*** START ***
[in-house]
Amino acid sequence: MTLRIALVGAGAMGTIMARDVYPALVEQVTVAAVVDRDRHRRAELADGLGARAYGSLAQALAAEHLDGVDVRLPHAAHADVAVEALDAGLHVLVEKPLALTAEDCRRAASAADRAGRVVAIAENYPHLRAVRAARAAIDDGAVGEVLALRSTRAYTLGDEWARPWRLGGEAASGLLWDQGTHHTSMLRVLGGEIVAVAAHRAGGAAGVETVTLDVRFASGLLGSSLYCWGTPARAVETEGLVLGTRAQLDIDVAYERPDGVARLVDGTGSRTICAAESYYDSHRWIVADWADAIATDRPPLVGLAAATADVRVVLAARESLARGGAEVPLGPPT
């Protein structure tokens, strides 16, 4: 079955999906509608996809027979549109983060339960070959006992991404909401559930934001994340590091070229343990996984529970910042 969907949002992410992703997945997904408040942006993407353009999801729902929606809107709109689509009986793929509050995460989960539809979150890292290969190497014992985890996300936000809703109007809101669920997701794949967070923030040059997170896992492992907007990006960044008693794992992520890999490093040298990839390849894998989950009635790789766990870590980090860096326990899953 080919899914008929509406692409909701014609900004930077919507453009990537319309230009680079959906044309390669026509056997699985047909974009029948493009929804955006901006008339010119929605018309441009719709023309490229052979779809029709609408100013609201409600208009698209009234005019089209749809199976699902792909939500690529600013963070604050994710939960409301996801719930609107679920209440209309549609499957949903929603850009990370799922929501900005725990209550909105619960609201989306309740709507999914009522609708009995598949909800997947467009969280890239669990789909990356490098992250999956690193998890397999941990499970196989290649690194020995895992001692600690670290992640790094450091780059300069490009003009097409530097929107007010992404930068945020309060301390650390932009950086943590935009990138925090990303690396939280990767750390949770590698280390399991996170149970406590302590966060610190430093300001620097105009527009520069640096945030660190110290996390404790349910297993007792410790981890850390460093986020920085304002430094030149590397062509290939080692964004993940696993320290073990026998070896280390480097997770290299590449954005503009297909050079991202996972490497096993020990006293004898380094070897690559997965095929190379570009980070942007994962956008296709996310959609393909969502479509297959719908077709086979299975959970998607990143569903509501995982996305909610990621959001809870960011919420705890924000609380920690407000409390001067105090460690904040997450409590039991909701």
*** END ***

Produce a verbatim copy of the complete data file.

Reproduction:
[in-house]
Amino acid sequence: MTLRIALVGAGAMGTIMARDVYPALVEQVTVAAVVDRDRHRRAELADGLGARAYGSLAQALAAEHLDGVDVRLPHAAHADVAVEALDAGLHVLVEKPLALTAEDCRRAASAADRAGRVVAIAENYPHLRAVRAARAAIDDGAVGEVLALRSTRAYTLGDEWARPWRLGGEAASGLLWDQGTHHTSMLRVLGGEIVAVAAHRAGGAAGVETVTLDVRFASGLLGSSLYCWGTPARAVETEGLVLGTRAQLDIDVAYERPDGVARLVDGTGSRTICAAESYYDSHRWIVADWADAIATDRPPLVGLAAATADVRVVLAARESLARGGAEVPLGPPT
């Protein structure tokens, strides 16, 4: 079955999906509608996809027979549109983060339960070959006992991404909401559930934001994340590091070229343990996984529970910042 969907949002992410992703997945997904408040942006993407353009999801729902929606809107709109689509009986793929509050995460989960539809979150890292290969190497014992985890996300936000809703109007809101669920997701794949967070923030040059997170896992492992907007990006960044008693794992992520890999490093040298990839390849894998989950009635790789766990870590980090860096326990899953 080919899914008929509406692409909701014609900004930077919507453009990537319309230009680079959906044309390669026509056997699985047909974009029948493009929804955006901006008339010119929605018309441009719709023309490229052979779809029709609408100013609201409600208009698209009234005019089209749809199976699902792909939500690529600013963070604050994710939960409301996801719930609107679920209440209309549609499957949903929603850009990370799922929501900005725990209550909105619960609201989306309740709507999914009522609708009995598949909800997947467009969280890239669990789909990356490098992250999956690193998890397999941990499970196989290649690194020995895992001692600690670290992640790094450091780059300069490009003009097409530097929107007010992404930068945020309060301390650390932009950086943590935009990138925090990303690396939280990767750390949770590698280390399991996170149970406590302590966060610190430093300001620097105009527009520069640096945030660190110290996390404790349910297993007792410790981890850390460093986020920085304002430094030149590397062509290939080692964004993940696993320290073990026998070896280390480097997770290299590449954005503009297909050079991202996972490497096993020990006293004898380094070897690559997965095929190379570009980070942007994962956008296709996310959609393909969502479509297959719908077709086979299975959970998607990143569903509501995982996305909610990621959001809870960011919420705890924000609380920690407000409390001067105090460690904040997450409590039991909701």